Presentation on theme: "A Wireless Local Area Network (WLAN) is a network that interconnects devices using radio waves. Wireless networking technologies allow devices to communicate."— Presentation transcript:
A Wireless Local Area Network (WLAN) is a network that interconnects devices using radio waves. Wireless networking technologies allow devices to communicate to each other without using cables or wires.
The most common wireless technologies are:
Bluetooth Infrared Direct Access (IrDA) Shared Wireless Access Protocol (SWAP) Wireless Ethernet Compatibility Alliance (WECA)
Bluetooth allows low bandwidth, short-range (up to 10 m) wireless communication using the 2.4GHz unlicensed ISM (Industrial, Scientific and Medicine) band. This technology is used to connect two or more devices in a home network and can support data rate up to 1Mbps. An example of a Bluetooth iapplication is a laptop making call over a cellular phone. Another example is cordless keyboard, mouse and speaker connected to a Personal Computer.
This technology allows devices to communicate using infrared light at a speed up to 4Mbps. Infrared light cannot pass through the walls or obstacles. So, devices can only communicate with each other, if they are in direct line of sight. A simple example of IrDA application is a laptop sending print documents to a printer using infrared port. Most of the new mobile phones and laptops have infrared port. You can also transfer data (like address book and calendar) between a mobile phone and a laptop through infrared port, if both devices have infrared port.
. Shared Wireless Access Protocol (SWAP) is a standard developed by an alliance of businesses called HomeRF Working Group. The HomeRF Working Group allows data and voice transmission using 2.4GHz ISM band. It supports data rate up to 1.6Mbps within the range of 30m.
The IEEE specifications of the standard for wireless LANs have provided a big boost to the WLAN industry. These specifications allowed the creation of large scale commercial WLANs, but they do notcertify WLANs equipments The IEEE b was the commonly used standard before It uses the 2.4 GHz radio spectrum and supports data rate up to11 Mbps. The new IEEE a standard operates in the 5.2 GHz- 5.8GHz spectrum and supports up to 54 Mbps rates. This technology allows a radio transmitter (Wireless Network Card) to spread data packets over a fixed range of the frequency band. Another device carrying a radio receiver (WirelessNetwork Card) These WLANs can transmit data within a radius of 300 feet indoors and 1000 feet outdoors.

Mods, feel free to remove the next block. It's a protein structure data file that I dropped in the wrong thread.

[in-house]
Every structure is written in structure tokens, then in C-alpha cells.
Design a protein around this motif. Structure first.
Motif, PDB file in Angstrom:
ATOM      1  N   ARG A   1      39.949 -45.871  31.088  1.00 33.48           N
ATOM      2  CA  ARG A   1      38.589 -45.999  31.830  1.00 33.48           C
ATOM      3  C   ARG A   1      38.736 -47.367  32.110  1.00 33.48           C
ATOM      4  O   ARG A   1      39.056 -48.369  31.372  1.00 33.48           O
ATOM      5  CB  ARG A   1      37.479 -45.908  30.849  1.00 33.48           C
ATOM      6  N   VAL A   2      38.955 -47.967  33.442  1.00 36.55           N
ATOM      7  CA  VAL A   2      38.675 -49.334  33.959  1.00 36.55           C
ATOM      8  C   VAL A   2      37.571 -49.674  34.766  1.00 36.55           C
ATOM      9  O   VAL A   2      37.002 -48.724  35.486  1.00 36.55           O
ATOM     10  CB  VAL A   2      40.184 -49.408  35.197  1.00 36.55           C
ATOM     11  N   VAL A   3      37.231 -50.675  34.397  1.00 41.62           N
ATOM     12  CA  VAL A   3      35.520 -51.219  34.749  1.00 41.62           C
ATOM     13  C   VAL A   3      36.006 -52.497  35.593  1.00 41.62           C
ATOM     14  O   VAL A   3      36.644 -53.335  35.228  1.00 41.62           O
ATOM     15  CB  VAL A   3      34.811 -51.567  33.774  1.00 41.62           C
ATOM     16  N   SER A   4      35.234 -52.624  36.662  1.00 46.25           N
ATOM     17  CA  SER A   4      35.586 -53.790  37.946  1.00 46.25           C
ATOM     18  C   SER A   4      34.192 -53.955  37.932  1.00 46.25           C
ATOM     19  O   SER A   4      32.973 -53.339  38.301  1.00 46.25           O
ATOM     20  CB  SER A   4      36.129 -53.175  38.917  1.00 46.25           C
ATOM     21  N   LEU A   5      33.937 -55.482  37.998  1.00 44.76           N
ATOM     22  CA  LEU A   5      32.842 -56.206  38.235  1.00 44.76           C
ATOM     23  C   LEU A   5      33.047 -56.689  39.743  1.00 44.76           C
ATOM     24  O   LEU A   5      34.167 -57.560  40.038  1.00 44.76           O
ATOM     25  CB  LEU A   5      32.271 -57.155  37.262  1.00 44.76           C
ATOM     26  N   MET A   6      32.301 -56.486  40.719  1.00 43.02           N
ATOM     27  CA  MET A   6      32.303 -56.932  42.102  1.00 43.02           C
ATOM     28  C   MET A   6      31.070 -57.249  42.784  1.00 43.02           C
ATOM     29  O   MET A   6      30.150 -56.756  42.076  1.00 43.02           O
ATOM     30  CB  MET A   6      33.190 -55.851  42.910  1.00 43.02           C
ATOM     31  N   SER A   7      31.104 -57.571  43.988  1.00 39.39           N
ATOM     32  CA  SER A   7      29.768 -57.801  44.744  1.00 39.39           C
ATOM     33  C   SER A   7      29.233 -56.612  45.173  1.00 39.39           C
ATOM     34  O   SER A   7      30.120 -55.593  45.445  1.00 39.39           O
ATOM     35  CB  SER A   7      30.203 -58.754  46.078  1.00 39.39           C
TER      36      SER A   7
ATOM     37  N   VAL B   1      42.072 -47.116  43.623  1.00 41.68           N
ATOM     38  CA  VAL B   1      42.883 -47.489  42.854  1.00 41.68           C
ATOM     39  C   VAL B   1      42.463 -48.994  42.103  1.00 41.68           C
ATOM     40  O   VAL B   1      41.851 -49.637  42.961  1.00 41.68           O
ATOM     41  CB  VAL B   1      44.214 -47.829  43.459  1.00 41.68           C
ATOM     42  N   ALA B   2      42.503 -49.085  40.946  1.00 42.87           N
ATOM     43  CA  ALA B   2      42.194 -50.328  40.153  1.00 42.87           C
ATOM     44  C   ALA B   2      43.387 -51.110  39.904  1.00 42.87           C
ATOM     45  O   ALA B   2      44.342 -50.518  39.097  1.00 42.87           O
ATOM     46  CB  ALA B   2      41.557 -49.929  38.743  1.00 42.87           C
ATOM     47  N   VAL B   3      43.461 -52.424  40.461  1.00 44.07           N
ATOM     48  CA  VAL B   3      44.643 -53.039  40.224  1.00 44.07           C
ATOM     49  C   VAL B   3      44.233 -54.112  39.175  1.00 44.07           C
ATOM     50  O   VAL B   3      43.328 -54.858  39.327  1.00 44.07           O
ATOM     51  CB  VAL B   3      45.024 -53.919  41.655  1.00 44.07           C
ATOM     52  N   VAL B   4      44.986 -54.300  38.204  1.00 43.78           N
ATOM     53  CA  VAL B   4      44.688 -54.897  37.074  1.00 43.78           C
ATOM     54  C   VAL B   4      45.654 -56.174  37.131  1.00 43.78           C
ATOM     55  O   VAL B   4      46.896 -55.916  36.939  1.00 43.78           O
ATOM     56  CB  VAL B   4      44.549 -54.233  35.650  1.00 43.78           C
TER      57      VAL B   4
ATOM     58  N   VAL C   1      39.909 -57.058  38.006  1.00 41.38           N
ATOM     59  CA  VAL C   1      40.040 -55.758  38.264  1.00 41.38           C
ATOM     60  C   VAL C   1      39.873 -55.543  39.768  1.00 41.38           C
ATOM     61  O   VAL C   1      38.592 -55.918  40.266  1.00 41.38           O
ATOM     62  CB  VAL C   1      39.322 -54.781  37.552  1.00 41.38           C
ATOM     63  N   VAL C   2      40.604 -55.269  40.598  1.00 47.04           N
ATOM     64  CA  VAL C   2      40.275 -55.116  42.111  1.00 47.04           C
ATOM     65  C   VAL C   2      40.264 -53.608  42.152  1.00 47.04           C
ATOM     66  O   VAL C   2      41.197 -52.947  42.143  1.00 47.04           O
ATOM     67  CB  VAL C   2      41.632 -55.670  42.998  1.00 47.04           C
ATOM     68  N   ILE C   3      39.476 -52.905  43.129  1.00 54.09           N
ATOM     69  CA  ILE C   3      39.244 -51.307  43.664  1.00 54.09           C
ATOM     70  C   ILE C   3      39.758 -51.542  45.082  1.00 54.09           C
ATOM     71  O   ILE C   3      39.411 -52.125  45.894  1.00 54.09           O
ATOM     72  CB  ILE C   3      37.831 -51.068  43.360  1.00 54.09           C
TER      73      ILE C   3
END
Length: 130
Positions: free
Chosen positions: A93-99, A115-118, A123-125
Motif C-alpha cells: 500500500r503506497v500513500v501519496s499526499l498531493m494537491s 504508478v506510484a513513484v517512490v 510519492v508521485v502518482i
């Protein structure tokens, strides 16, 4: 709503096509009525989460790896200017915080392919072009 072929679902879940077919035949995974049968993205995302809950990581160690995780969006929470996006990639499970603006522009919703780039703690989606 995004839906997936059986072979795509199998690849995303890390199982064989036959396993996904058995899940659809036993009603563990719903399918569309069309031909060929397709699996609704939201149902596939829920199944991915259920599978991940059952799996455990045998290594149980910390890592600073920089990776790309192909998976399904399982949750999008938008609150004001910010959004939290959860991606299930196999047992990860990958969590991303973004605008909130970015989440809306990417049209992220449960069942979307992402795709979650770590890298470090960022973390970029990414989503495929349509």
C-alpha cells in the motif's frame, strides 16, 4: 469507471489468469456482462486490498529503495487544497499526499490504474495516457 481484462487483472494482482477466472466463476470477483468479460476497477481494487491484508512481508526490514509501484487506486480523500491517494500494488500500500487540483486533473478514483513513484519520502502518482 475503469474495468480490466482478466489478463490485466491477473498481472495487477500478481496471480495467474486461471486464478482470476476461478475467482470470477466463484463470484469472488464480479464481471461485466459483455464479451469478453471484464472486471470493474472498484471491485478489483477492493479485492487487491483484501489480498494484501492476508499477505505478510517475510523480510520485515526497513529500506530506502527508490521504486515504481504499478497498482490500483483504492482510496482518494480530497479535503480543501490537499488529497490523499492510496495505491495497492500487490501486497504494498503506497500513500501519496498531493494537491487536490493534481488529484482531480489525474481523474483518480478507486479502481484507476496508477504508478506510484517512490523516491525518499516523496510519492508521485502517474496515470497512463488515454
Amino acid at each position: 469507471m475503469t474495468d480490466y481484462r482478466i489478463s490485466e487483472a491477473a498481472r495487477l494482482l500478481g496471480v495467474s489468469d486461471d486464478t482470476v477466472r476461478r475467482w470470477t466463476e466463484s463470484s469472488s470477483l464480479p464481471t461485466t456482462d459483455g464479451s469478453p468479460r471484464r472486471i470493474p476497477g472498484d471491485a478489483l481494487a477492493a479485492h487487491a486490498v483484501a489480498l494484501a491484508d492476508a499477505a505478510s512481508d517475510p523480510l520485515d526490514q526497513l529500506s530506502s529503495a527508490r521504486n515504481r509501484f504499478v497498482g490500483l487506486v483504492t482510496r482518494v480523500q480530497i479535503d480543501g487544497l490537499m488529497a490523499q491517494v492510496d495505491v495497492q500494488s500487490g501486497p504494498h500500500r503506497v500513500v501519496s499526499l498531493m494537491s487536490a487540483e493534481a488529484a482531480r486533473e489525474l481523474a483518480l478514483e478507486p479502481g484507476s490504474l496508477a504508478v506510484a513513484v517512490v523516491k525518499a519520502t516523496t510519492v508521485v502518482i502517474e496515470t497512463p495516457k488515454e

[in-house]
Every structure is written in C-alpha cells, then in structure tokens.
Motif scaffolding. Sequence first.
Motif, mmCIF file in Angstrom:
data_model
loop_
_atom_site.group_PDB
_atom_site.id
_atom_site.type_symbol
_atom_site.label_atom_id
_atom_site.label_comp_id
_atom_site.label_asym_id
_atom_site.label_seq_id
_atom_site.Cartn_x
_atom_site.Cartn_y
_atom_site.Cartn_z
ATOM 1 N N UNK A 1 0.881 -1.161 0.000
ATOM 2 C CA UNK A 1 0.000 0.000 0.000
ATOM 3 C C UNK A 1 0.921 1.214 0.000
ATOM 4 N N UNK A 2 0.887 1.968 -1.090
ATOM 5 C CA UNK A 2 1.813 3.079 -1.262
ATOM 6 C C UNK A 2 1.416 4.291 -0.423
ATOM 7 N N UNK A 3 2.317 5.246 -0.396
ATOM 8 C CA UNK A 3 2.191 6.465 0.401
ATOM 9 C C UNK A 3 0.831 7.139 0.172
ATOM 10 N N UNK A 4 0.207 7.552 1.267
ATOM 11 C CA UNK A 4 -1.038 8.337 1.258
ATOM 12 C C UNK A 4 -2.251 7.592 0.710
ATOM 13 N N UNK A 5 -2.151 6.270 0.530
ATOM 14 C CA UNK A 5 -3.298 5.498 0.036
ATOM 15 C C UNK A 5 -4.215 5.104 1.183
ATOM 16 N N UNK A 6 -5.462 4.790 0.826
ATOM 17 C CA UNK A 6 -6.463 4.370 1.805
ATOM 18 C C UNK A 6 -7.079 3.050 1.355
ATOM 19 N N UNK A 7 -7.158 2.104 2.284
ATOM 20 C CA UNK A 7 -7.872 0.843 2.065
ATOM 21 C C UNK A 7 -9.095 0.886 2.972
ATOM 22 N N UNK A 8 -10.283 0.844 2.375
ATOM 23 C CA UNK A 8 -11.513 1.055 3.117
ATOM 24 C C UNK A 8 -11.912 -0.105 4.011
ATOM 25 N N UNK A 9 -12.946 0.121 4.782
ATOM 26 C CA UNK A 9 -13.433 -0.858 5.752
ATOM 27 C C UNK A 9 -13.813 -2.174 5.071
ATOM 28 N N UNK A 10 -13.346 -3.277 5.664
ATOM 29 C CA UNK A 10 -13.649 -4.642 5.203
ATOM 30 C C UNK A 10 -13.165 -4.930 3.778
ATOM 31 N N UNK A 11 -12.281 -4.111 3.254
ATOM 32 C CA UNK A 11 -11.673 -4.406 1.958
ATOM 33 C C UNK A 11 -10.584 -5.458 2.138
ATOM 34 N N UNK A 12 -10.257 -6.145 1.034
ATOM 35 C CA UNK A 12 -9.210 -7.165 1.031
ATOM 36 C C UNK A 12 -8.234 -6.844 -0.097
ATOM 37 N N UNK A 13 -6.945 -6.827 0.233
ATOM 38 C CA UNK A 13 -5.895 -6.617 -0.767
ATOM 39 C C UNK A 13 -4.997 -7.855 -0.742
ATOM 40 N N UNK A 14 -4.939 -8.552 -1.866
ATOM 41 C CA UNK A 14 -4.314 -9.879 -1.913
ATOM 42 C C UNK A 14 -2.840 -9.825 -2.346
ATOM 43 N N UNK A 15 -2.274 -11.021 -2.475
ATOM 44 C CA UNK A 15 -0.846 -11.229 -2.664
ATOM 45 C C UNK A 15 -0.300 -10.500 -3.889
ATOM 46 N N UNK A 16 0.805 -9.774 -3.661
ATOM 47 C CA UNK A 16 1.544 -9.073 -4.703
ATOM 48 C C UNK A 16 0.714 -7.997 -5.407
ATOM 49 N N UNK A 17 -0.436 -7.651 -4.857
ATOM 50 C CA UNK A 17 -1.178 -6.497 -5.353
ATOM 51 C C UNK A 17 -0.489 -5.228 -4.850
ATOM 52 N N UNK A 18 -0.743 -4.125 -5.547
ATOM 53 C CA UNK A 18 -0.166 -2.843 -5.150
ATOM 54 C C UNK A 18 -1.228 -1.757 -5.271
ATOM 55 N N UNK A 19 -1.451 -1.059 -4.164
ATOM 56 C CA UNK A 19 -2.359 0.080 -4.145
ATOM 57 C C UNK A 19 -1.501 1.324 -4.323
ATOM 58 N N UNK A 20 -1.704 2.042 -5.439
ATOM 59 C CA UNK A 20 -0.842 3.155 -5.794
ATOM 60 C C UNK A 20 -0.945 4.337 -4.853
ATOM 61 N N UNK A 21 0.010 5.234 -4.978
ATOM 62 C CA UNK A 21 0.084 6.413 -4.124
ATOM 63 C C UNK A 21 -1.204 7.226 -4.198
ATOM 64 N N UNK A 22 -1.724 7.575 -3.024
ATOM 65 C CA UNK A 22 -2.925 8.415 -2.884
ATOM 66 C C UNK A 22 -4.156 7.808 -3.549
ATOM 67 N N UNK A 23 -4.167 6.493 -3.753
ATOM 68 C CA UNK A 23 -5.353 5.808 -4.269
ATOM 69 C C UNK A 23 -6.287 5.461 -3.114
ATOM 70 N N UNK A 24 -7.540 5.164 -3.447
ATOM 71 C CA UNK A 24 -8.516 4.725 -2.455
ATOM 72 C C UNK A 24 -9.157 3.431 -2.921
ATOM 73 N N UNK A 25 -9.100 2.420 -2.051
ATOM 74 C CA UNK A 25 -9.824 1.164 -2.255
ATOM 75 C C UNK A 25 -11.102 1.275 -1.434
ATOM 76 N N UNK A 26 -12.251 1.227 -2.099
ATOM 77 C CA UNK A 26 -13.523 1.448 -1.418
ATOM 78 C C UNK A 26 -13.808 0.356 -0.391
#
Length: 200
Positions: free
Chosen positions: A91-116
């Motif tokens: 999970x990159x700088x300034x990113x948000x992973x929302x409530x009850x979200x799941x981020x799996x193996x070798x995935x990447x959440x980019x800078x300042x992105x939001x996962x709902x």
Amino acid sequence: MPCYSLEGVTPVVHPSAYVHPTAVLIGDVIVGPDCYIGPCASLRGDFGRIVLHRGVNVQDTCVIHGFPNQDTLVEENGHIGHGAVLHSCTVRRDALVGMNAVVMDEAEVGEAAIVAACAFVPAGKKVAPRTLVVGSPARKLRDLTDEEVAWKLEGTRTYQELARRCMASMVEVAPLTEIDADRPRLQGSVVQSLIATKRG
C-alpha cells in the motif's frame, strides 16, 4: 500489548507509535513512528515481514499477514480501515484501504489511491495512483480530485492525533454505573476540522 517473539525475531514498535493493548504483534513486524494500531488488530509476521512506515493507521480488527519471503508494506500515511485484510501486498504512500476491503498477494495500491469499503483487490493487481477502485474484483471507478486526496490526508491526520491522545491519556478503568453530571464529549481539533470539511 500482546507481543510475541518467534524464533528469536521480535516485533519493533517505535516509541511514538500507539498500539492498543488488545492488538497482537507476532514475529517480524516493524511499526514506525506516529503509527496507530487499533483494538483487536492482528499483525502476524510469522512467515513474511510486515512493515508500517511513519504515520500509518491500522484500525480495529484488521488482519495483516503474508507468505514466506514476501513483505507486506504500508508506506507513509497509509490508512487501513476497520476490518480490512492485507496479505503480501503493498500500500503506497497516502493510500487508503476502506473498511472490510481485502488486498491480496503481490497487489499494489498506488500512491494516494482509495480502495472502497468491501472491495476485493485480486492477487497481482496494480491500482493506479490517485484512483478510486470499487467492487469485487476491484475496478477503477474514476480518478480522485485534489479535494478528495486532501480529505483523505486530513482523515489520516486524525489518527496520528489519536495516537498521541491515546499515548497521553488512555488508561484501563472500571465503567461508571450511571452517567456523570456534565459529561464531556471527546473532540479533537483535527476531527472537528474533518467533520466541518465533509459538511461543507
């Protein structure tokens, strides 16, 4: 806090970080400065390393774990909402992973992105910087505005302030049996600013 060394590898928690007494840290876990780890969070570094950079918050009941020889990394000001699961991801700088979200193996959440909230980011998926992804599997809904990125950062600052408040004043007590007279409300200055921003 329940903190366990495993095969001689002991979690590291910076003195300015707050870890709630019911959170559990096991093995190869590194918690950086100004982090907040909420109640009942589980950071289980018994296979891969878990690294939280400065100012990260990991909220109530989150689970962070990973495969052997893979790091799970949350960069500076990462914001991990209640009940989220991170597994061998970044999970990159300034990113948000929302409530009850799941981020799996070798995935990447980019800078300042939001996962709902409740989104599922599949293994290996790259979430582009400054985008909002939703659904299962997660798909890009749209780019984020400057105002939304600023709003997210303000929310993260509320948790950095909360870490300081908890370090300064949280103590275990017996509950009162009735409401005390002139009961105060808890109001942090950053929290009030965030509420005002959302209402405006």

It is a point-to-point network and is also called Ad hoc network. A basic peer-to-peer WLAN comprises two computers or/and laptops equipped with wireless adapter cards within range of one another These networks are easy to install, manage and require no administration. There is no need of central device and each client would directly access resources of the other client.
It is a Client-Server network and is commonly called Infrastructure network. In these networks, there is a need of a central device called Access Point. Each client on the network will communicate with other clients through this Access Point. It can provide services to clients and extends the range of a peer-to-peer (ad hoc) network. An Access Point also connects wired and wireless networks together in a building. It enables the transfer of data between the clients of a wireless network and of a wired network
Wireless transmission via optical carriers opens doors of opportunity in areas as yet largely unexplored. Offering significant technical and operational advantages, optical wireless communication (OWC) can be, in some applications, a powerful alternative to and, in others, complementary to existing radio frequency (RF) wireless systems. Variations of OWC can be employed in a diverse range of communication applications ranging from very short- range (on the order of millimetres) optical interconnects within integrated circuits through outdoor inter-building links (on the order of kilometres) to satellite links (larger than 10,000 kilometres).
Access networks consume a significant portion of overall Internet energy consumption. With the increase of bit-rate requirements in access networks, future-proof access technologies should be energy efficient. In this paper, we show how we can build a very high-throughput hybrid wireless- optical broadband access network (WOBAN). We devise novel energy-saving techniques for WOBAN to improve its energy efficiency and network utilization. We present a mixed integer linear program (MILP) model, which acts as a benchmark for evaluating our techniques. We analyze the impact of energy- aware design and protocols on the performance of WOBAN over dynamic traffic profiles. Illustrative numerical examples show that, with suitable design parameters, we can efficiently reduce energy consumption in WOBAN without significantly impacting the network performance.